The United States collects broad support from 130 countries for their proposal to trigger an unprecedented global minimum tax on businesses. A proposal that is the pillar of Joe Biden’s American administration campaign for the reform of international taxation, against tax havens and to strengthen the government coffers in order to finance large public investment plans. Support for action also came from all G20 countries including China and India, which have so far been reluctant.

The project, in practice, now provides that each of the 130 capitals – which represent 90% of world GDP – seeks to pass laws that effectively impose, on companies with headquarters in their countries, a rate of at least 15% to be paid in all the countries where they operate. The turning point would be the most dramatic in terms of global taxes in a century now. And it was considered viable only with the consent of an overwhelming majority of economic powers and developing countries.


Meeting virtuale

The agreement came during a virtual meeting between the representatives of the dozens of countries gathered in negotiations under the auspices of the OECD. The OECD itself has estimated that governments lose between one hundred and 240 billion dollars each year in tax avoidance. “After years of intense work and negotiation, this historic package will ensure that large multinationals pay the right that is due everywhere,” said OECD Secretary General Mathias Cormann.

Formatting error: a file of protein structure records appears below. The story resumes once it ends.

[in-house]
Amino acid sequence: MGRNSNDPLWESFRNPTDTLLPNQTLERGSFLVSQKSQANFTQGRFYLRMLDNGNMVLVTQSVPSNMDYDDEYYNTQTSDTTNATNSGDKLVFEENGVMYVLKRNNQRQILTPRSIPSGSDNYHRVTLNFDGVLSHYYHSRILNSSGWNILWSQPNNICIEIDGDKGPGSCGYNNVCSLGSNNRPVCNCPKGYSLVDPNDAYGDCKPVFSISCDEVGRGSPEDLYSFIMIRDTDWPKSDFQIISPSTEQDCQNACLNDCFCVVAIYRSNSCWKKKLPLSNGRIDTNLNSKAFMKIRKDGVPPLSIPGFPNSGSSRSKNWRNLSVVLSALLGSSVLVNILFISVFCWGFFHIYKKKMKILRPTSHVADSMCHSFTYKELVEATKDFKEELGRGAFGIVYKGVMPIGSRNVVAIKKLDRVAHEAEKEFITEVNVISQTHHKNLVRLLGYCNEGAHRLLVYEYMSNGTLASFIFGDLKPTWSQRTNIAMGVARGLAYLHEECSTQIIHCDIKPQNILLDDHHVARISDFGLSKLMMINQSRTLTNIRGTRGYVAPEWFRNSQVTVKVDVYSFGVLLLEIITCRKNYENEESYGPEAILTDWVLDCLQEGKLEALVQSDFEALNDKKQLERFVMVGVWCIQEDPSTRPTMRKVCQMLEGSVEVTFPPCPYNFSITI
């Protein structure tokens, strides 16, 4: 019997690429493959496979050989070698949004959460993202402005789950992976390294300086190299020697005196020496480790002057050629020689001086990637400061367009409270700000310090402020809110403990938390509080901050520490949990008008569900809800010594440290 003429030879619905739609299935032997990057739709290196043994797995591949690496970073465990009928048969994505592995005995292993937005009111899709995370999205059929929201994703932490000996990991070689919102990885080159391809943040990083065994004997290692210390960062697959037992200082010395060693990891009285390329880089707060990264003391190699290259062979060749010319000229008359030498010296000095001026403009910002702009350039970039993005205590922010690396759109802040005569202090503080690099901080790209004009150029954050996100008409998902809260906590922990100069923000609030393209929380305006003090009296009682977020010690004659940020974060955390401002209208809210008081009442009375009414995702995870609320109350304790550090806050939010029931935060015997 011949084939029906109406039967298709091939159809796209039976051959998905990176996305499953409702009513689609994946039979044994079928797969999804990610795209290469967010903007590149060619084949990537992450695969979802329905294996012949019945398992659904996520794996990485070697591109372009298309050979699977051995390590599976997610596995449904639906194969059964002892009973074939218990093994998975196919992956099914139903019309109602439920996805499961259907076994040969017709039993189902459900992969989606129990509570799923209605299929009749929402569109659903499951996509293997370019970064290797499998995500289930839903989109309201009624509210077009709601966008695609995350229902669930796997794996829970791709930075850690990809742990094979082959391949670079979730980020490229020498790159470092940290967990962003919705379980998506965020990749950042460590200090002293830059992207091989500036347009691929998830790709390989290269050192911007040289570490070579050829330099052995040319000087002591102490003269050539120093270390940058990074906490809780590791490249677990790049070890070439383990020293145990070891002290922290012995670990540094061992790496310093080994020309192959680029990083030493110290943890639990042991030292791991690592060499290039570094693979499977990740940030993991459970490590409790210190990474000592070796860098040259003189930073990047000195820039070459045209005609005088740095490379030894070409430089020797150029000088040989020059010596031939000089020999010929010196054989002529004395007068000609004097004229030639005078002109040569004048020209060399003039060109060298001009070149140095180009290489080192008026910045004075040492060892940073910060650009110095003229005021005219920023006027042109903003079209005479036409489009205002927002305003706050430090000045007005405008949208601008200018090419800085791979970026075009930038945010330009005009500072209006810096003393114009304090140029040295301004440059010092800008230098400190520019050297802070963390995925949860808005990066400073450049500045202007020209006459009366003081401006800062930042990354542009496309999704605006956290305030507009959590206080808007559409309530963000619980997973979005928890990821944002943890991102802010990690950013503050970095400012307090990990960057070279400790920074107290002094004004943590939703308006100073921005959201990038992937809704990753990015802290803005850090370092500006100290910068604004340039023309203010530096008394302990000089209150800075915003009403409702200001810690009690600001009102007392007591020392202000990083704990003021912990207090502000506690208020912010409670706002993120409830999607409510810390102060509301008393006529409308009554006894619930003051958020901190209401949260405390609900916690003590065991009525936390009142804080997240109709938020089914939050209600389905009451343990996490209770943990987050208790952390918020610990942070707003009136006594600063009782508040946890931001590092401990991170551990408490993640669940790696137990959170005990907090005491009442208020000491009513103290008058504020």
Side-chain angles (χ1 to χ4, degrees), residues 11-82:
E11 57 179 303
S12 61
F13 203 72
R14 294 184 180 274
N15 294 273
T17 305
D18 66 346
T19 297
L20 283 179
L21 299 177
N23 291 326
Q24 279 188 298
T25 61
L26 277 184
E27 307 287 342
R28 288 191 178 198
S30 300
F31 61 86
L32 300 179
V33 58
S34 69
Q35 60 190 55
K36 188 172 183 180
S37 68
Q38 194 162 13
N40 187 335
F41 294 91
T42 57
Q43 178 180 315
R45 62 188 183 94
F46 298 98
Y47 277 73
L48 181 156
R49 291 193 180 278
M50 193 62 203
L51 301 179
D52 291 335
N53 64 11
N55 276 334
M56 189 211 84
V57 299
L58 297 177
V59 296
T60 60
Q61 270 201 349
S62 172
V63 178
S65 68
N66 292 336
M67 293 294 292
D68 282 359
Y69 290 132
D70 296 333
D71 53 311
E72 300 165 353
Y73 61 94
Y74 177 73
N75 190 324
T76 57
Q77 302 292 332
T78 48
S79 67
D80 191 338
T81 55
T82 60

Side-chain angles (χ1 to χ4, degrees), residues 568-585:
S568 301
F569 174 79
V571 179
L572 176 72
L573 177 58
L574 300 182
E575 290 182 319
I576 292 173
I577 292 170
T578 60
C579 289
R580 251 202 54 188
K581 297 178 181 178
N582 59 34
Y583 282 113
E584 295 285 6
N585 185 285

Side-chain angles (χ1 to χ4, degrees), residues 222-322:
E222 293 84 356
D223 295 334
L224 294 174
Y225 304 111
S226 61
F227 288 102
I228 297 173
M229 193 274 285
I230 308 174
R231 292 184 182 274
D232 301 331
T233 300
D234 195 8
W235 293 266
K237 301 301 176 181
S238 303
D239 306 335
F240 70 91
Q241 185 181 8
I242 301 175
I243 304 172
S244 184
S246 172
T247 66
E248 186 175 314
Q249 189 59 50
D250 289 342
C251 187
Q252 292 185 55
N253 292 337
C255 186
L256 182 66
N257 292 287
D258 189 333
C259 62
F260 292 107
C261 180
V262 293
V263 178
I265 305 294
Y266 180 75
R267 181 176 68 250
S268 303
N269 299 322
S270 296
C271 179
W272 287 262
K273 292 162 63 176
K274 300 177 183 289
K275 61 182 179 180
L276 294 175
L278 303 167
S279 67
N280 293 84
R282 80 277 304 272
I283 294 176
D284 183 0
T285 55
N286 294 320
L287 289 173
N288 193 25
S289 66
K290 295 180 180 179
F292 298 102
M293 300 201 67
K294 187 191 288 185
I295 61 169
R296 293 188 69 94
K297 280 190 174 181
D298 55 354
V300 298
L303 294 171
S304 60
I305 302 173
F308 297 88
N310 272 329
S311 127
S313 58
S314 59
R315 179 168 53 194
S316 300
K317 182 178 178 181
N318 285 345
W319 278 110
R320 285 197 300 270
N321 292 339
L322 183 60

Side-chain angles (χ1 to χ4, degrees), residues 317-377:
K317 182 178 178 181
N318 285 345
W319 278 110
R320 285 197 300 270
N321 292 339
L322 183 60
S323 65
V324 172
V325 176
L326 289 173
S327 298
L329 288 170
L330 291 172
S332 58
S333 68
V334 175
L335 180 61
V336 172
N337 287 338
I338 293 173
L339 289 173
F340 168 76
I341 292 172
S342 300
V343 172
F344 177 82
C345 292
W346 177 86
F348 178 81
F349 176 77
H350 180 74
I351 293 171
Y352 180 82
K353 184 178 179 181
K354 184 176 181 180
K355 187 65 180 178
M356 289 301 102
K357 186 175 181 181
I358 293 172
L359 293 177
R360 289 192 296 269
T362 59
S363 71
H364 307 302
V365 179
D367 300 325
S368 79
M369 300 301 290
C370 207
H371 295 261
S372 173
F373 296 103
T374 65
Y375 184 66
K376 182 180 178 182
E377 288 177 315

“Historic moment”

US Treasury Secretary Janet Yellen immediately hailed the agreement as “a historic moment for economic diplomacy”. For decades, he added, “the United States has participated in a self-defeating international competition by lowering corporate taxes to see other nations respond in the same way. The result has been a global race to the bottom ”in taxation, which“ is now a step closer to the end ”. No nation has “won this race” to the downside, urged Yellen, who “has not attracted new business” but has rather “deprived countries of resources for important investments, such as infrastructure and education, and for the fight against the pandemic”. The agreement “in the United States will ensure that companies pay their fair share” and that “American workers and companies can compete and win in the world economy” in a climate of international fairness.

The unknowns

The unknowns have not entirely disappeared. Details on the new global corporate tax are still missing. In the United States itself, Congress appears split over corporate tax reforms and Biden’s ideas of raising domestic tax rates to 28 percent from 21 percent and doubling those on US corporate overseas profits to 21 percent. The global minimum tax for corporations is considered imperative to successfully complete this entire tax puzzle.

By Editor

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